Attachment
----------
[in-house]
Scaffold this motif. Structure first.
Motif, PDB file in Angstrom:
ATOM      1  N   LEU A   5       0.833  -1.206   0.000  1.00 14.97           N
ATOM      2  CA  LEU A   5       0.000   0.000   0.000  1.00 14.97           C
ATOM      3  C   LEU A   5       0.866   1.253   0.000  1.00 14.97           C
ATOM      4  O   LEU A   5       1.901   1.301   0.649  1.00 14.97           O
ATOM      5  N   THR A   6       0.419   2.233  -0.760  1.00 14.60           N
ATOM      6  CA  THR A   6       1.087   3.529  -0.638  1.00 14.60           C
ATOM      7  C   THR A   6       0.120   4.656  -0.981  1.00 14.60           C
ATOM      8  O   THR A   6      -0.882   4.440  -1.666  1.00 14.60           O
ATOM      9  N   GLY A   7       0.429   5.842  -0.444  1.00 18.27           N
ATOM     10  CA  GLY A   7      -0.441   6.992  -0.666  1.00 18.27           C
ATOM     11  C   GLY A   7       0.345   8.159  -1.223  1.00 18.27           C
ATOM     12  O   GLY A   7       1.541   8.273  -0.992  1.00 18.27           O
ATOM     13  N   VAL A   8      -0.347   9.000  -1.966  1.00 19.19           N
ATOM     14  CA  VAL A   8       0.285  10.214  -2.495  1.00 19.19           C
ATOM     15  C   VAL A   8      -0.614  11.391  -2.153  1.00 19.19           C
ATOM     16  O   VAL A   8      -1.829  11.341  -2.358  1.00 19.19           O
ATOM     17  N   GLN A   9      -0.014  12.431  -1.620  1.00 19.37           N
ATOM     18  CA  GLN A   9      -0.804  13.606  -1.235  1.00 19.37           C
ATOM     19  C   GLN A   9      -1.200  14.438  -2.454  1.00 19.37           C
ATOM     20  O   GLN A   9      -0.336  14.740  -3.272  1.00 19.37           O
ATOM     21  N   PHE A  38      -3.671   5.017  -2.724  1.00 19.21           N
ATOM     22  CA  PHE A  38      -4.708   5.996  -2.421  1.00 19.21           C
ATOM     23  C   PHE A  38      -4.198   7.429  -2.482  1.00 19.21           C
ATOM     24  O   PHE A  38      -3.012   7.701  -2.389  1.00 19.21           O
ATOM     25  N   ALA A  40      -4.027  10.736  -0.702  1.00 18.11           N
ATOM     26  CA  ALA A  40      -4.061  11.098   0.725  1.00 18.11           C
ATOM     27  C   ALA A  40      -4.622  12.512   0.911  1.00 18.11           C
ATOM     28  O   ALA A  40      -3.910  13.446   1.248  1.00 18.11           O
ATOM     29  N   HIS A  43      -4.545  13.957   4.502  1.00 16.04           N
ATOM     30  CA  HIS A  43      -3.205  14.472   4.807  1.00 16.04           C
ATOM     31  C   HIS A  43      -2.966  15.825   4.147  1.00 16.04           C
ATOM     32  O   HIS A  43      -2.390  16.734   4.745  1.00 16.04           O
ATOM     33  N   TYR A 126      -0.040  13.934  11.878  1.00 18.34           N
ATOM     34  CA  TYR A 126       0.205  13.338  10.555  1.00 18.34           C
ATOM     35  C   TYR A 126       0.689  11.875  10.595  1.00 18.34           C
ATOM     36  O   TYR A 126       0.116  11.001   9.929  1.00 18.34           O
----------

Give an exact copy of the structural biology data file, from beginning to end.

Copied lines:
[in-house]
Scaffold this motif. Structure first.
Motif, PDB file in Angstrom:
ATOM      1  N   LEU A   5       0.833  -1.206   0.000  1.00 14.97           N
ATOM      2  CA  LEU A   5       0.000   0.000   0.000  1.00 14.97           C
ATOM      3  C   LEU A   5       0.866   1.253   0.000  1.00 14.97           C
ATOM      4  O   LEU A   5       1.901   1.301   0.649  1.00 14.97           O
ATOM      5  N   THR A   6       0.419   2.233  -0.760  1.00 14.60           N
ATOM      6  CA  THR A   6       1.087   3.529  -0.638  1.00 14.60           C
ATOM      7  C   THR A   6       0.120   4.656  -0.981  1.00 14.60           C
ATOM      8  O   THR A   6      -0.882   4.440  -1.666  1.00 14.60           O
ATOM      9  N   GLY A   7       0.429   5.842  -0.444  1.00 18.27           N
ATOM     10  CA  GLY A   7      -0.441   6.992  -0.666  1.00 18.27           C
ATOM     11  C   GLY A   7       0.345   8.159  -1.223  1.00 18.27           C
ATOM     12  O   GLY A   7       1.541   8.273  -0.992  1.00 18.27           O
ATOM     13  N   VAL A   8      -0.347   9.000  -1.966  1.00 19.19           N
ATOM     14  CA  VAL A   8       0.285  10.214  -2.495  1.00 19.19           C
ATOM     15  C   VAL A   8      -0.614  11.391  -2.153  1.00 19.19           C
ATOM     16  O   VAL A   8      -1.829  11.341  -2.358  1.00 19.19           O
ATOM     17  N   GLN A   9      -0.014  12.431  -1.620  1.00 19.37           N
ATOM     18  CA  GLN A   9      -0.804  13.606  -1.235  1.00 19.37           C
ATOM     19  C   GLN A   9      -1.200  14.438  -2.454  1.00 19.37           C
ATOM     20  O   GLN A   9      -0.336  14.740  -3.272  1.00 19.37           O
ATOM     21  N   PHE A  38      -3.671   5.017  -2.724  1.00 19.21           N
ATOM     22  CA  PHE A  38      -4.708   5.996  -2.421  1.00 19.21           C
ATOM     23  C   PHE A  38      -4.198   7.429  -2.482  1.00 19.21           C
ATOM     24  O   PHE A  38      -3.012   7.701  -2.389  1.00 19.21           O
ATOM     25  N   ALA A  40      -4.027  10.736  -0.702  1.00 18.11           N
ATOM     26  CA  ALA A  40      -4.061  11.098   0.725  1.00 18.11           C
ATOM     27  C   ALA A  40      -4.622  12.512   0.911  1.00 18.11           C
ATOM     28  O   ALA A  40      -3.910  13.446   1.248  1.00 18.11           O
ATOM     29  N   HIS A  43      -4.545  13.957   4.502  1.00 16.04           N
ATOM     30  CA  HIS A  43      -3.205  14.472   4.807  1.00 16.04           C
ATOM     31  C   HIS A  43      -2.966  15.825   4.147  1.00 16.04           C
ATOM     32  O   HIS A  43      -2.390  16.734   4.745  1.00 16.04           O
ATOM     33  N   TYR A 126      -0.040  13.934  11.878  1.00 18.34           N
ATOM     34  CA  TYR A 126       0.205  13.338  10.555  1.00 18.34           C
ATOM     35  C   TYR A 126       0.689  11.875  10.595  1.00 18.34           C
ATOM     36  O   TYR A 126       0.116  11.001   9.929  1.00 18.34           O